- David H. Autor & Lawrence F. Katz & Alan B. Krueger, 1997. "Computing Inequality: Have Computers Changed the Labor Market?," NBER Working Papers 5956, National Bureau of Economic Research, Inc.
- Hanson, G.H. & Harrison, A., 1995.
"Trade, Technology and Wage Inequality,"
95-20, Columbia - Graduate School of Business.
- Steven J. Davis, 1992.
"Cross-Country Patterns of Change in Relative Wages,"
in: NBER Macroeconomics Annual 1992, Volume 7, pages 239-300
National Bureau of Economic Research, Inc.
- Steven J. Davis, 1992. "Cross-Country Patterns of Change in Relative Wages," NBER Working Papers 4085, National Bureau of Economic Research, Inc.
- Edward E. Leamer, 1996. "What's the Use of Factor Contents?," NBER Working Papers 5448, National Bureau of Economic Research, Inc.
- Kenneth R. Troske, 1998.
"The Worker-Establishment Characteristics Database,"
in: Labor Statistics Measurement Issues, pages 371-404
National Bureau of Economic Research, Inc.
- Krugman, Paul R., 2000.
"Technology, trade and factor prices,"
Journal of International Economics,
Elsevier, vol. 50(1), pages 51-71, February.
- David Autor & Lawrence Katz & Alan Krueger, 1997. "Computing Inequality: Have Computers Changed the Labor Market?," Working Papers 756, Princeton University, Department of Economics, Industrial Relations Section..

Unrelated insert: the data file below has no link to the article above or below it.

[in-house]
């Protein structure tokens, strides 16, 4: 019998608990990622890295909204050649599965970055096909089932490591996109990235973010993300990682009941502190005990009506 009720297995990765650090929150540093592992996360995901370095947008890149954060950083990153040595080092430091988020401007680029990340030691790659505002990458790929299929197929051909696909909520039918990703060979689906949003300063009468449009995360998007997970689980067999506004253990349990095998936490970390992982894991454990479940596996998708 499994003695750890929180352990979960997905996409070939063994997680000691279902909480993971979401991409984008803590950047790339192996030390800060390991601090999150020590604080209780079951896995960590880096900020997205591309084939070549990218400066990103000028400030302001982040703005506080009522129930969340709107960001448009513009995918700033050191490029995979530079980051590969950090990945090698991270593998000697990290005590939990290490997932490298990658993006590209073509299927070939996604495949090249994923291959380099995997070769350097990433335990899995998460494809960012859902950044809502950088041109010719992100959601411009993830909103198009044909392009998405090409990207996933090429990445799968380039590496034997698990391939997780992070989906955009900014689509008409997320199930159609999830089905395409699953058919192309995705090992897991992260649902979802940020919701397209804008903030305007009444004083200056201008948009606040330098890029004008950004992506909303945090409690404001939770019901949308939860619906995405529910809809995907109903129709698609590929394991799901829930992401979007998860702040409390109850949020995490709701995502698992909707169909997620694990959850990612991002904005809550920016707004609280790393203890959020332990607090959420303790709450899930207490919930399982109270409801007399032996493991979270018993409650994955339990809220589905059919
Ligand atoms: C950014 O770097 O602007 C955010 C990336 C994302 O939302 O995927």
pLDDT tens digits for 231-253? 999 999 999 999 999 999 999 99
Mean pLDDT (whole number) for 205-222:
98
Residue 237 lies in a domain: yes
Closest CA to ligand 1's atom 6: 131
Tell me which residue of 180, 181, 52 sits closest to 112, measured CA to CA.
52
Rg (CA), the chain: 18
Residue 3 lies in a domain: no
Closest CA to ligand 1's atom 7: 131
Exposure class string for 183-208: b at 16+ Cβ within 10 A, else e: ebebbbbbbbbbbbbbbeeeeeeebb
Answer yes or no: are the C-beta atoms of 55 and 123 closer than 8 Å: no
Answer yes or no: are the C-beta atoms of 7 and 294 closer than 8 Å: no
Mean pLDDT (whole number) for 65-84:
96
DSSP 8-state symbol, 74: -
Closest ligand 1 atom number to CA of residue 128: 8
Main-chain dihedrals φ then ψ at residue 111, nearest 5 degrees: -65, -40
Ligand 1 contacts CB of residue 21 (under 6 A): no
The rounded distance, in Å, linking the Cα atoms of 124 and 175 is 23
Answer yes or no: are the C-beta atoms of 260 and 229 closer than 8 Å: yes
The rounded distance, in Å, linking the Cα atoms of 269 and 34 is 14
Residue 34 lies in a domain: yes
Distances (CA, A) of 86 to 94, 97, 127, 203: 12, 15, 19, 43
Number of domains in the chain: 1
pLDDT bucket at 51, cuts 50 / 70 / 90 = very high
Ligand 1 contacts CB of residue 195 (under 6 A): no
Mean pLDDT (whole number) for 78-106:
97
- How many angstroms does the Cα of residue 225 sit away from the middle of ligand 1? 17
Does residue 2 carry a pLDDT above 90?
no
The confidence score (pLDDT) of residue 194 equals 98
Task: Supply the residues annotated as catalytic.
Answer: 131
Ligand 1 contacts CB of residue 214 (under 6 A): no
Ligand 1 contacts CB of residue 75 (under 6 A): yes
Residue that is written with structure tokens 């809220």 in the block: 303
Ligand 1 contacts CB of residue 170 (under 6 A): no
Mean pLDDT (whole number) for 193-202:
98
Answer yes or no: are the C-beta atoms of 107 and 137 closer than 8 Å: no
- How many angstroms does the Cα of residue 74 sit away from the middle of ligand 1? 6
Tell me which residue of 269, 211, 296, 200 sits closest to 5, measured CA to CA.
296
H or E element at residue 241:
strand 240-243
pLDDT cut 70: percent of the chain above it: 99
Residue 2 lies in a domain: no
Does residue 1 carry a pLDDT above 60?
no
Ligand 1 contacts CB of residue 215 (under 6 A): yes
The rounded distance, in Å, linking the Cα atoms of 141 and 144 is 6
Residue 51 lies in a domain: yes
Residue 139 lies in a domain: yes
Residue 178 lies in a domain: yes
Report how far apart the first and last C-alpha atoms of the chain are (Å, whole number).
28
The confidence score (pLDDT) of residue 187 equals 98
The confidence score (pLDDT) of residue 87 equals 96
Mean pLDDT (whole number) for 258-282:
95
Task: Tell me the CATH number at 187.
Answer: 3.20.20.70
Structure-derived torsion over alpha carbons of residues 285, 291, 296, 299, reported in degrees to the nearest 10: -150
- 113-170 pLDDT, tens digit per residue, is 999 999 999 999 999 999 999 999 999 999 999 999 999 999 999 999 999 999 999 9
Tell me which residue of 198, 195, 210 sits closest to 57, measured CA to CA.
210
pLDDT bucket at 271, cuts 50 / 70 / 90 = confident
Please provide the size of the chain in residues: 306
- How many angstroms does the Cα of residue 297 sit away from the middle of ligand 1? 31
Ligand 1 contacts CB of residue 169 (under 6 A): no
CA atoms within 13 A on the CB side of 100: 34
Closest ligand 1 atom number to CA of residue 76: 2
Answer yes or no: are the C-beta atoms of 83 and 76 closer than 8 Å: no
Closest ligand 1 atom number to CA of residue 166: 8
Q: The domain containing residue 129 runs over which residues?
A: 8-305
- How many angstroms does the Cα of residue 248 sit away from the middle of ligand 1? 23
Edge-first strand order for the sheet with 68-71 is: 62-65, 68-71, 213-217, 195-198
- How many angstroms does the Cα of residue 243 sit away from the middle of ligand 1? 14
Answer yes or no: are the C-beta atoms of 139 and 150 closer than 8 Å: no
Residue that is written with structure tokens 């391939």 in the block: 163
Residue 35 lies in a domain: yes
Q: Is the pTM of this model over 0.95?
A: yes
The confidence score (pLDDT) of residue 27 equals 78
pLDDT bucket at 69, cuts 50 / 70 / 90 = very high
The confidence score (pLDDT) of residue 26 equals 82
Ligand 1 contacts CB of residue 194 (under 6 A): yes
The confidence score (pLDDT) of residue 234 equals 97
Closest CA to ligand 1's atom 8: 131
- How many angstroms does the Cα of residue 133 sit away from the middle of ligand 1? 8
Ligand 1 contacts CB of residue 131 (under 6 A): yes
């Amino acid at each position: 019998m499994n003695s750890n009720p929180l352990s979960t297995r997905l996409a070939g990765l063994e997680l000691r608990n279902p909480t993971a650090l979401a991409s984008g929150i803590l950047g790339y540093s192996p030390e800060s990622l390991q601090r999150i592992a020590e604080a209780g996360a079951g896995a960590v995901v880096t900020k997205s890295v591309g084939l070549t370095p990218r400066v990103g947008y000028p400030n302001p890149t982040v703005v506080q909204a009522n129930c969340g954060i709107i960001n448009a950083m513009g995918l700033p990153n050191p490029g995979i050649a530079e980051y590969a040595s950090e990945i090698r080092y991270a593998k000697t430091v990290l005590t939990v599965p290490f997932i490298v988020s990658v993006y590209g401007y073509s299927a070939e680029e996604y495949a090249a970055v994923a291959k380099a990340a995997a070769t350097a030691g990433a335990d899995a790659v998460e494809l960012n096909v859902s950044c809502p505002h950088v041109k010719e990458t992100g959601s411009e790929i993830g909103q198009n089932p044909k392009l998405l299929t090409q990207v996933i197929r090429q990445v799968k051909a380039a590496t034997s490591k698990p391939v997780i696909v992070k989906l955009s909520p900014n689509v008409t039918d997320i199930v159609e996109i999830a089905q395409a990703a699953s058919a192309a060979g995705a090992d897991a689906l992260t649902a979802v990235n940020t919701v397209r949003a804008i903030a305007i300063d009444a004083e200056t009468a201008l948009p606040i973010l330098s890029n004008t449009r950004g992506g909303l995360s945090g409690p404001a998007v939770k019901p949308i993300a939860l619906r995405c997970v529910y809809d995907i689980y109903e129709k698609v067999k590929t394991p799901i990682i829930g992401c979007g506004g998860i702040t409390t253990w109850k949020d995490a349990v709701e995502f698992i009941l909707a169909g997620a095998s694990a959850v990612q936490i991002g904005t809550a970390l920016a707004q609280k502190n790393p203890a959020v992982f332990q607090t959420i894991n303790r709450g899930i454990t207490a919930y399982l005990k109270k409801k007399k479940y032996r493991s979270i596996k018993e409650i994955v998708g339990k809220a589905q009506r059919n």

- Feenstra, R.C. & Hanson, G.H., 1995.
"Foreign Investment, Outsourcing and Relative Wages,"
Department of Economics
95-14, California Davis - Department of Economics.
- Robert C. Feenstra & Gordon H. Hanson, 1995. "Foreign Investment, Outsourcing and Relative Wages," NBER Working Papers 5121, National Bureau of Economic Research, Inc.
- Feenstra, R.C. & Hanson, G.H., 1995. "Foreign Investment, Outsourcing and Relative Wages," Papers 95-14, California Davis - Institute of Governmental Affairs.
- Lawrence F. Katz & Ana L. Revenga, 1989. "Changes in the Structure of Wages: The U.S. versus Japan," NBER Working Papers 3021, National Bureau of Economic Research, Inc.
- Levy, Frank & Murnane, Richard J, 1996. "With What Skills Are Computers a Complement?," American Economic Review, American Economic Association, vol. 86(2), pages 258-62, May.
- repec:pri:indrel:377 is not listed on IDEAS
- Alan B. Krueger & Lawrence H. Summers, 1986. "Reflections on the Inter-Industry Wage Structure," NBER Working Papers 1968, National Bureau of Economic Research, Inc.
- Jeffrey D. Sachs & Howard J. Shatz, 1994. "Trade and Jobs in Manufacturing," Brookings Papers on Economic Activity, Economic Studies Program, The Brookings Institution, vol. 25(1), pages 1-84.
- McKinley L. Blackburn & David E. Bloom & Richard B. Freeman, 1989. "The Declining Economic Position of Less-Skilled American Males," NBER Working Papers 3186, National Bureau of Economic Research, Inc.
When requesting a correction, please mention this item's handle: RePEc:hhs:iuiwop:0486. See general information about how to correct material in RePEc.
For technical questions regarding this item, or to correct its authors, title, abstract, bibliographic or download information, contact: (Elisabeth Gustafsson)
If references are entirely missing, you can add them using this form.